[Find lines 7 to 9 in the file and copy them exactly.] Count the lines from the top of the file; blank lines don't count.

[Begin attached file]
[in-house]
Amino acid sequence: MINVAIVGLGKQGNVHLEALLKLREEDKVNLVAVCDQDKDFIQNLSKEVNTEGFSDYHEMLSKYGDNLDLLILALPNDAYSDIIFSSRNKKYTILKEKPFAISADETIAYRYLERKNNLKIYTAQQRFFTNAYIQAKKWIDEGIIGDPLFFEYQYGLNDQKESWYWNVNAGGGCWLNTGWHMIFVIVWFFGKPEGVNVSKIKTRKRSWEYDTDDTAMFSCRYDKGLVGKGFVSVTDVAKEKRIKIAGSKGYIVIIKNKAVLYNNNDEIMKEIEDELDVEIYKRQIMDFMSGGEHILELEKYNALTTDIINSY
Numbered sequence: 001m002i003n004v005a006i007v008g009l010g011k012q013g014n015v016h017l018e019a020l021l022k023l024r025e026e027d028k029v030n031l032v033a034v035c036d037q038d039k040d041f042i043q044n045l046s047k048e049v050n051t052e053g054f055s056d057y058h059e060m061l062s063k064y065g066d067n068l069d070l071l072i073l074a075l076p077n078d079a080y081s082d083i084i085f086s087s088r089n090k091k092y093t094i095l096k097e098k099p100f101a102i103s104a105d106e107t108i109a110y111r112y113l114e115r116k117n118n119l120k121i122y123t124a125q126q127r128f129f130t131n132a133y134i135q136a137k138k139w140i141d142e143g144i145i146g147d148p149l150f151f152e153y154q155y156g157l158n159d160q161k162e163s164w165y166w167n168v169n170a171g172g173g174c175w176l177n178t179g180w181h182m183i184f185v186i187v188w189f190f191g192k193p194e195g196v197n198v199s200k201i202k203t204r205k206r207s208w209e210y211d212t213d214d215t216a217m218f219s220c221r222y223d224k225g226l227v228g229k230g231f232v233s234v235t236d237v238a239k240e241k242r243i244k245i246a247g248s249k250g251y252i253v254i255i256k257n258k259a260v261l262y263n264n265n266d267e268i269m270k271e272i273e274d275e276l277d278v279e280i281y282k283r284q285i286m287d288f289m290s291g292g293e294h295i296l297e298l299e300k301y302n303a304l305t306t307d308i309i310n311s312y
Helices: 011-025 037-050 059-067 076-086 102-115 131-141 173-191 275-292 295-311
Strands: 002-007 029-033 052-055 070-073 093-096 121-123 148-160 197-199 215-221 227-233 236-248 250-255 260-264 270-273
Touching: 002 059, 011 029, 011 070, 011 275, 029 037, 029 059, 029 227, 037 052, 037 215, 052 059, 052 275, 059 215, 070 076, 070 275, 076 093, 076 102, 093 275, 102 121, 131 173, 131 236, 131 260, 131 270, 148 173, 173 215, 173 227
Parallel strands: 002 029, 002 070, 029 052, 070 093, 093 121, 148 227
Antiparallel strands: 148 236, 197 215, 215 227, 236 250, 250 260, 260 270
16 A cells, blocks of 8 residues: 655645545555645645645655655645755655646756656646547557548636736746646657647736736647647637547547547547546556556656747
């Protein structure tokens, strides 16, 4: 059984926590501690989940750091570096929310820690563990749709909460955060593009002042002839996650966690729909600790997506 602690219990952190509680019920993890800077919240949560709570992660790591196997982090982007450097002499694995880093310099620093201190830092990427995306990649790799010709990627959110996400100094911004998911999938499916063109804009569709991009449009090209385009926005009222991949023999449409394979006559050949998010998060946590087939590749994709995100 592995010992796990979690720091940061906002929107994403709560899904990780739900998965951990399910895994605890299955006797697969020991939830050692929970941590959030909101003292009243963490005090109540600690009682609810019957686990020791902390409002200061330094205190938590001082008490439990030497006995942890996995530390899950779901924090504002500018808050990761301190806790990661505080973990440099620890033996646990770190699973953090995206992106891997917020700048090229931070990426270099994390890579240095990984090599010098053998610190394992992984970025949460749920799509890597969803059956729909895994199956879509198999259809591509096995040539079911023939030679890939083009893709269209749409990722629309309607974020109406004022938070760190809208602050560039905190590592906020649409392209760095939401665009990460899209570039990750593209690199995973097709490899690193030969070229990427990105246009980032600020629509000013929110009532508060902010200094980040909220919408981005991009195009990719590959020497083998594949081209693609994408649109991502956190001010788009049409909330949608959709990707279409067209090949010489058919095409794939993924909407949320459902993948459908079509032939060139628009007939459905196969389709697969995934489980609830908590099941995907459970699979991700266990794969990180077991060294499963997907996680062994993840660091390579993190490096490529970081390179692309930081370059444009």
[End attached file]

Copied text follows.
Parallel strands: 002 029, 002 070, 029 052, 070 093, 093 121, 148 227
Antiparallel strands: 148 236, 197 215, 215 227, 236 250, 250 260, 260 270
16 A cells, blocks of 8 residues: 655645545555645645645655655645755655646756656646547557548636736746646657647736736647647637547547547547546556556656747